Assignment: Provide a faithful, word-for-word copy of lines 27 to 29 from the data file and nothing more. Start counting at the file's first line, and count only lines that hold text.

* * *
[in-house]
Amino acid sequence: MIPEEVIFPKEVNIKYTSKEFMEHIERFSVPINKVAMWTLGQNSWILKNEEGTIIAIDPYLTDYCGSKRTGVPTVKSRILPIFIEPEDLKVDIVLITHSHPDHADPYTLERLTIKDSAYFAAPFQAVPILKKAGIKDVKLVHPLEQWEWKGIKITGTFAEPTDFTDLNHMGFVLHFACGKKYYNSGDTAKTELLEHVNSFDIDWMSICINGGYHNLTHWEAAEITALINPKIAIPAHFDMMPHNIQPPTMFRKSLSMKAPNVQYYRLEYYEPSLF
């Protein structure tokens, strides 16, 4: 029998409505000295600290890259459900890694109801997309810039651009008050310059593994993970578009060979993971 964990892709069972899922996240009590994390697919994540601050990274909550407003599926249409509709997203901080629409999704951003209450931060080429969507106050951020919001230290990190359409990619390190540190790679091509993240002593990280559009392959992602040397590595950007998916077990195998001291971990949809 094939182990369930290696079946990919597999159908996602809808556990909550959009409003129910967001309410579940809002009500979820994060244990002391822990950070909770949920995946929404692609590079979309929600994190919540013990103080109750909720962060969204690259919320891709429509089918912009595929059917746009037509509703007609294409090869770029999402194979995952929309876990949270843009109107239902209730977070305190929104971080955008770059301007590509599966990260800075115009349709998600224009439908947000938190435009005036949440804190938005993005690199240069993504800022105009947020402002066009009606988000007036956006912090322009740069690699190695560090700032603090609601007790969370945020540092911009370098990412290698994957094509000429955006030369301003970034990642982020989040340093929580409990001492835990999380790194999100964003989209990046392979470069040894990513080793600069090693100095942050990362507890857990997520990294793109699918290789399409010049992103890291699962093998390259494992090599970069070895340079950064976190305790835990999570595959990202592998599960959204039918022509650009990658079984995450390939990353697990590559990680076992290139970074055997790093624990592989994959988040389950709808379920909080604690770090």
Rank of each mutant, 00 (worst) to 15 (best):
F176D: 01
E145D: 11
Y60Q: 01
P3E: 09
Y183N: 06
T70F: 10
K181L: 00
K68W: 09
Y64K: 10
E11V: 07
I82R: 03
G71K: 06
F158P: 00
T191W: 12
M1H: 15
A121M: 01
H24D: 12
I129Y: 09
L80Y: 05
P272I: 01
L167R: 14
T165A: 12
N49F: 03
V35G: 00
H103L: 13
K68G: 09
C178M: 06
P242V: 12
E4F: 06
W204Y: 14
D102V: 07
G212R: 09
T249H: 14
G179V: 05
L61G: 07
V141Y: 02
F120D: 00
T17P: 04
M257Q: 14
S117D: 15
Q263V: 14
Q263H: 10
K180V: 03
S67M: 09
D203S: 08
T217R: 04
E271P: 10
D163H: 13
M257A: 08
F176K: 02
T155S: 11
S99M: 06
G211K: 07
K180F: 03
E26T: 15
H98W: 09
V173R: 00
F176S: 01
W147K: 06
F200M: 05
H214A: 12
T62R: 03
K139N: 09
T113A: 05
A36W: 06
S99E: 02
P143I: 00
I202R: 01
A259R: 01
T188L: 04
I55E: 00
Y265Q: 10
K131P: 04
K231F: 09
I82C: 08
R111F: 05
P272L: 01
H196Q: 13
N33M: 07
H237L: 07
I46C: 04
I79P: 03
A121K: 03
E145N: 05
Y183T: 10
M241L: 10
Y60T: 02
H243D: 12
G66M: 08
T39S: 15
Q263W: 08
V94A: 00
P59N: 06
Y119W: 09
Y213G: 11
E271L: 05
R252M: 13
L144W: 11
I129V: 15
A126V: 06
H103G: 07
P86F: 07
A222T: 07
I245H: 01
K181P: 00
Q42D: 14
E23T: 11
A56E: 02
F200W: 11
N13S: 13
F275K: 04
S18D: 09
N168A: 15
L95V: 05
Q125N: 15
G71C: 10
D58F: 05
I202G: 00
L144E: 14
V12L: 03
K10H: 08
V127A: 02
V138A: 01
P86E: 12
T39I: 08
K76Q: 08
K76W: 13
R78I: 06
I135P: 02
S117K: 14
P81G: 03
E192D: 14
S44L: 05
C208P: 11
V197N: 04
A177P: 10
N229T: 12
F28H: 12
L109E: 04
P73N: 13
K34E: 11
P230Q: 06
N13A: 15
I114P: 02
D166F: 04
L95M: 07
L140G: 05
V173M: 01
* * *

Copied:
N49F: 03
V35G: 00
H103L: 13